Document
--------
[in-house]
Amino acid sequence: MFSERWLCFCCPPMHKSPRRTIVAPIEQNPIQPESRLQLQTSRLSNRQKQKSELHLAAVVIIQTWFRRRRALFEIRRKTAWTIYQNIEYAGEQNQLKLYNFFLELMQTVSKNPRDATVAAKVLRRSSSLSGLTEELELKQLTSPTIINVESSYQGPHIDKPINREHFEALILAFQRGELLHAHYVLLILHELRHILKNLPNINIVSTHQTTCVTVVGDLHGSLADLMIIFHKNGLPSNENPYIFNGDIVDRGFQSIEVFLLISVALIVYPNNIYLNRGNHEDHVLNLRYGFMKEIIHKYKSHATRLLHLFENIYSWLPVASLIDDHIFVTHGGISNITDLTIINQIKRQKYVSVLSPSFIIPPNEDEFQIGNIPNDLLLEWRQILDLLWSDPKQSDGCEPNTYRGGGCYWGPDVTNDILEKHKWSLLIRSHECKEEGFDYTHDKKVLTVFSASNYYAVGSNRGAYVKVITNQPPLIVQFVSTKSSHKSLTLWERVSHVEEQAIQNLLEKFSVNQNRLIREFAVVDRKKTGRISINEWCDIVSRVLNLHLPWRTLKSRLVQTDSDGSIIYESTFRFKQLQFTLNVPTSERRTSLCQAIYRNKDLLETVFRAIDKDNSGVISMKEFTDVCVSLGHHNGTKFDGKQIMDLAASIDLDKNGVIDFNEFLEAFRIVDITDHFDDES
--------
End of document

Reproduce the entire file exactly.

[in-house]
Amino acid sequence: MFSERWLCFCCPPMHKSPRRTIVAPIEQNPIQPESRLQLQTSRLSNRQKQKSELHLAAVVIIQTWFRRRRALFEIRRKTAWTIYQNIEYAGEQNQLKLYNFFLELMQTVSKNPRDATVAAKVLRRSSSLSGLTEELELKQLTSPTIINVESSYQGPHIDKPINREHFEALILAFQRGELLHAHYVLLILHELRHILKNLPNINIVSTHQTTCVTVVGDLHGSLADLMIIFHKNGLPSNENPYIFNGDIVDRGFQSIEVFLLISVALIVYPNNIYLNRGNHEDHVLNLRYGFMKEIIHKYKSHATRLLHLFENIYSWLPVASLIDDHIFVTHGGISNITDLTIINQIKRQKYVSVLSPSFIIPPNEDEFQIGNIPNDLLLEWRQILDLLWSDPKQSDGCEPNTYRGGGCYWGPDVTNDILEKHKWSLLIRSHECKEEGFDYTHDKKVLTVFSASNYYAVGSNRGAYVKVITNQPPLIVQFVSTKSSHKSLTLWERVSHVEEQAIQNLLEKFSVNQNRLIREFAVVDRKKTGRISINEWCDIVSRVLNLHLPWRTLKSRLVQTDSDGSIIYESTFRFKQLQFTLNVPTSERRTSLCQAIYRNKDLLETVFRAIDKDNSGVISMKEFTDVCVSLGHHNGTKFDGKQIMDLAASIDLDKNGVIDFNEFLEAFRIVDITDHFDDES